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Prescription DrugS

What is Prescription Drug Abuse? [1]

  • Taking prescription drugs not prescribed to you, even if you're doing so for the medication's intended purpose (e.g., to ease pain) 

  • Using prescription drugs in a way that was not prescribed, such as taking too many pills at one time or combining pills with alcohol or other drugs

  • Taking prescription drugs for the sole purpose of feeling good or getting high

Causes of Prescription Drug Abuse: [2]

Teens and adults abuse prescription drugs for many reasons, such as: 

  • To feel good or get high

  • To relax or relieve tension

  • To reduce appetite or increase alertness

  • To experiment with the mental effects of the substance

  • To maintain an addiction and prevent withdrawal

  • To be accepted by peers or to be social

  • To try to improve concentration and academic or work performance 

Most commonly abused prescription drugs are: [2, 3]

  • Opioids: Used to treat pain, such as Vicodin, OxyContin, or codeine

  • Depressants: Used to relieve anxiety or help a person sleep, such as Valium or Xanax

  • Stimulants: Used for treating attention deficit hyperactivity disorder (ADHD), such as Adderall and Ritalin

Medical Consequences: [2]

  • Opioids: Can cause low blood pressure, a slowed breathing rate and potential for breathing to stop, or a coma.  Overdose has a significant risk of death.

  • Depressants: Can cause memory problems, low blood pressure and slowed breathing.  Overdose can cause coma or death.  Abruptly stopping the medication may cause withdrawal symptoms that can include nervous system hyperactivity and seizures. 

  • Stimulants: Can cause dangerously high body temperature, heart problems, high blood pressure, seizures or tremors, hallucinations, aggressiveness, and paranoia. 

Did you know?​ [1, 3]

  • Every day, more than 40 people die from a prescription opioid overdose.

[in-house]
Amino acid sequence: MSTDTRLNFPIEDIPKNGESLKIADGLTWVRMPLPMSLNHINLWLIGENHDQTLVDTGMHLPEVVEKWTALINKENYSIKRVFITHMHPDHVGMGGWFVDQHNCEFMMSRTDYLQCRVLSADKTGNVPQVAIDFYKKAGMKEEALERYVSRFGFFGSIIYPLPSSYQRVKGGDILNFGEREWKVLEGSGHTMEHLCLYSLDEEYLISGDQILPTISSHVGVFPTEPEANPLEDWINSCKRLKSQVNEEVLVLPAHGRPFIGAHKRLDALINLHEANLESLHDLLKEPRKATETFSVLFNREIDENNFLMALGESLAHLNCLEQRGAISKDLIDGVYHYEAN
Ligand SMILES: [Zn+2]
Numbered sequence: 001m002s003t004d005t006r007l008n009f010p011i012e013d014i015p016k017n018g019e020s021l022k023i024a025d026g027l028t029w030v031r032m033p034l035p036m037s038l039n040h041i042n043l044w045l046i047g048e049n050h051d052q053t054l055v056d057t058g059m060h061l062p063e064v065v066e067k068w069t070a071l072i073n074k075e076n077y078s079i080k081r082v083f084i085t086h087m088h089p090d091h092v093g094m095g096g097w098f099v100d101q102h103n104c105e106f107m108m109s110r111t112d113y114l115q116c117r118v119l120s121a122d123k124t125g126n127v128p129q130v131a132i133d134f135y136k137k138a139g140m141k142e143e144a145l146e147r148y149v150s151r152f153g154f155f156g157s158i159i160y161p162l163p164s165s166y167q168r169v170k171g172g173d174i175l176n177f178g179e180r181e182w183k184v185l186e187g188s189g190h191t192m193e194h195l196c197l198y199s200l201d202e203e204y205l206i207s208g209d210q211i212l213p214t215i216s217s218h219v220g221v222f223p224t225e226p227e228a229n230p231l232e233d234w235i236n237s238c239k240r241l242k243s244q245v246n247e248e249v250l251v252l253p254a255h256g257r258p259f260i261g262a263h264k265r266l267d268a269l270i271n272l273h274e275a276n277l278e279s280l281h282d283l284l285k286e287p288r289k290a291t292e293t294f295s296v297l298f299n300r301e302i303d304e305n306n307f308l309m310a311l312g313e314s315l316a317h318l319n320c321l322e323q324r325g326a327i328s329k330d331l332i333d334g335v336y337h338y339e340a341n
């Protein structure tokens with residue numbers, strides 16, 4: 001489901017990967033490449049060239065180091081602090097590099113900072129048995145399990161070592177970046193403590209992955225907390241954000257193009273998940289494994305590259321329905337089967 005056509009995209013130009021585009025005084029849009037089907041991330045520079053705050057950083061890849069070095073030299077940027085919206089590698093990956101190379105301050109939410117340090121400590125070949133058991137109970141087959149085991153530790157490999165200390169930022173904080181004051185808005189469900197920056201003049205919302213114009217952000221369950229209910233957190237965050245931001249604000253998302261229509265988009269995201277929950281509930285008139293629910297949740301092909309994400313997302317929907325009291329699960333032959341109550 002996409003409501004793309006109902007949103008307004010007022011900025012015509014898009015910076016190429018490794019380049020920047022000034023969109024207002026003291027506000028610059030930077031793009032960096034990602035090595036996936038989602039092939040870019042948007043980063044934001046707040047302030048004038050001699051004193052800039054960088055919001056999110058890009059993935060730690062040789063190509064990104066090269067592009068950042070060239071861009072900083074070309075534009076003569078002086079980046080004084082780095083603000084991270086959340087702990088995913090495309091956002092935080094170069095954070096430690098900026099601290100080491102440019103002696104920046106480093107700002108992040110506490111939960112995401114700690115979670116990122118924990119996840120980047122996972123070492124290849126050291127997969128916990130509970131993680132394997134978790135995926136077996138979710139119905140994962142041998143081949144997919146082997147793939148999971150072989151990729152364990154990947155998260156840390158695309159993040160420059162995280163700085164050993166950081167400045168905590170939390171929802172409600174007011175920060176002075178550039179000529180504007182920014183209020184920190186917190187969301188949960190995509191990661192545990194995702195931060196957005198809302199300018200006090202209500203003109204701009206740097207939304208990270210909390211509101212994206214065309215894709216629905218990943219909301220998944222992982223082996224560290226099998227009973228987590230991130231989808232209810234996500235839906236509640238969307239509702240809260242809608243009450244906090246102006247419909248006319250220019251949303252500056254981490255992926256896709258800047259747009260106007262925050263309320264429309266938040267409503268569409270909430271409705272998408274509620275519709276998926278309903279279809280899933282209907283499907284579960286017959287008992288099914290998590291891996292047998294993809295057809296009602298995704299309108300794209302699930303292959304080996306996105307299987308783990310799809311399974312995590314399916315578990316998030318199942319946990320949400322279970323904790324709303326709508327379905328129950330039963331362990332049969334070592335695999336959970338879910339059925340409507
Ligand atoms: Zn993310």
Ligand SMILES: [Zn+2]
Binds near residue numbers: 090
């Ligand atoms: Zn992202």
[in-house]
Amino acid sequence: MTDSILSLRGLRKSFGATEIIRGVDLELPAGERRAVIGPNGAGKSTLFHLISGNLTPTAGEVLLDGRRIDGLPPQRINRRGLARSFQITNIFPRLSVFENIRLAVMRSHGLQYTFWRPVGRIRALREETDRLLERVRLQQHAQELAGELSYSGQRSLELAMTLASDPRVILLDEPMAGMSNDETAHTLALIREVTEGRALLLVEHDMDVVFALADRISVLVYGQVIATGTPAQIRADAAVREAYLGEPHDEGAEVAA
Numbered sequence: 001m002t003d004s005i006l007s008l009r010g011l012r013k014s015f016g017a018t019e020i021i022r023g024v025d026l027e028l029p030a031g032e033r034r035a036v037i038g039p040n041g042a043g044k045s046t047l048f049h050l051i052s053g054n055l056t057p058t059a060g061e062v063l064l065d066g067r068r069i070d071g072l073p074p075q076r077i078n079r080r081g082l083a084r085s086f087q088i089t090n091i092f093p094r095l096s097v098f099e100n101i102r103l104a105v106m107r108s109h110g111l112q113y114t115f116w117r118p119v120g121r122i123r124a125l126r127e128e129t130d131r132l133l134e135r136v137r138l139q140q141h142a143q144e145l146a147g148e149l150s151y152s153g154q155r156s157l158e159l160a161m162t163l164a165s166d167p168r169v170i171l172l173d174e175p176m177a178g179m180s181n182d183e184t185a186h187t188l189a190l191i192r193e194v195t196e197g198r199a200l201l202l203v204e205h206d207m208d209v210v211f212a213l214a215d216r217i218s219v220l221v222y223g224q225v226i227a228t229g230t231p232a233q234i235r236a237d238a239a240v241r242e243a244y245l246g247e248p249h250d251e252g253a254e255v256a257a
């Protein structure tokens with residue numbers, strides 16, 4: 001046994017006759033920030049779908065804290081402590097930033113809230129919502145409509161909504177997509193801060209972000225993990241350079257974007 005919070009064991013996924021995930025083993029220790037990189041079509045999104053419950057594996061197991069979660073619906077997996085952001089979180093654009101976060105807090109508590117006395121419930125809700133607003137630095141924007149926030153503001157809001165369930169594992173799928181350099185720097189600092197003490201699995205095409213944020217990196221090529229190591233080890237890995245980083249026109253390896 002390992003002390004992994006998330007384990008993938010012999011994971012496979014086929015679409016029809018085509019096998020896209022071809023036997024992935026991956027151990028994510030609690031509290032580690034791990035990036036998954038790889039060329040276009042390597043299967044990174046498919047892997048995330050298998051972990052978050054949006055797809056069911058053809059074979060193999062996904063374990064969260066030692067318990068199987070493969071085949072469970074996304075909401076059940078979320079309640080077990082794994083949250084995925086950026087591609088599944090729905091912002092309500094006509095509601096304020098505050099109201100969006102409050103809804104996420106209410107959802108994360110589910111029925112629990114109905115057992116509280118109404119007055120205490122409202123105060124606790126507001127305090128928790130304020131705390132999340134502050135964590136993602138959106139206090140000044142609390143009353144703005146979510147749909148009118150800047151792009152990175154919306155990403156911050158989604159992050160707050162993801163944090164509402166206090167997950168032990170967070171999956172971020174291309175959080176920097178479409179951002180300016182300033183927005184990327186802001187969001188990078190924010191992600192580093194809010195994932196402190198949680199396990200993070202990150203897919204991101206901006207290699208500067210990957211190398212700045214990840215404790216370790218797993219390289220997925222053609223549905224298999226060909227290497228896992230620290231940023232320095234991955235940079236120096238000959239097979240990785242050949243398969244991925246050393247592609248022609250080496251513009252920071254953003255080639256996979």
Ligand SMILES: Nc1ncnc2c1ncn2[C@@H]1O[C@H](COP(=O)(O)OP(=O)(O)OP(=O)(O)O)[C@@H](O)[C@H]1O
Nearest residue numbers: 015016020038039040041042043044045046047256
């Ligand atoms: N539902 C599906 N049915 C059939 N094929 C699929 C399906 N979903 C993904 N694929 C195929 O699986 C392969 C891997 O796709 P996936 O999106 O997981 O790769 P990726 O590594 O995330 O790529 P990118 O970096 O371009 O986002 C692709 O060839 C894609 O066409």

• Prescription and over-the-counter drugs are the most commonly misused substances by Americans age 14 and older, after marijuana, alcohol, and tobacco cigarettes. 

  • It is illegal in Minnesota to possess prescription drugs without a lawful prescription as well as selling prescription drugs, whether the original prescription is yours or not.  In doing so, you could be charged with a felony

Safe Storage of Medications:

Store all medications in their original containers and in a place that children and visitors cannot easily access.  Sort through medications annually and properly dispose of outdated and unneeded medications.

Minnesota Pollution Control Agency: Learn how to safely store and dispose of unneeded medications.

Disposing of Medications:

The best way to ensure that unused or expired medications do not contaminate the environment or get into the wrong hands is to safely dispose of them through the Drug Disposal Program.

Feel free to print the following flyer to post and/or distribute at your place of business to spread awareness about the importance of safely disposing of your prescription medications.  

Use one of four drug disposal boxes located throughout the Sherburne County Area

Household prescription, over-the-counter, and pet medication accepted, including pills, liquids, and lotions. 


The following items will not be accepted:

  • Institutional items (nursing homes, care centers, clinics, daycares)

  • Non-drug items (glucose test meters, blood pressure equipment)

  • Sharps or pointed items (needles, syringes, EpiPens, lancets)

  • E-cigarettes/vaping devices or materials

Disposing of Sharps or Pointed Items: 

  • Check with your local clinic and/or hospital to see if they offer collection programs 

  • Use home needle-destruction devices

  • Use mail-back disposal programs

(Source: MN Pollution Control Agency)

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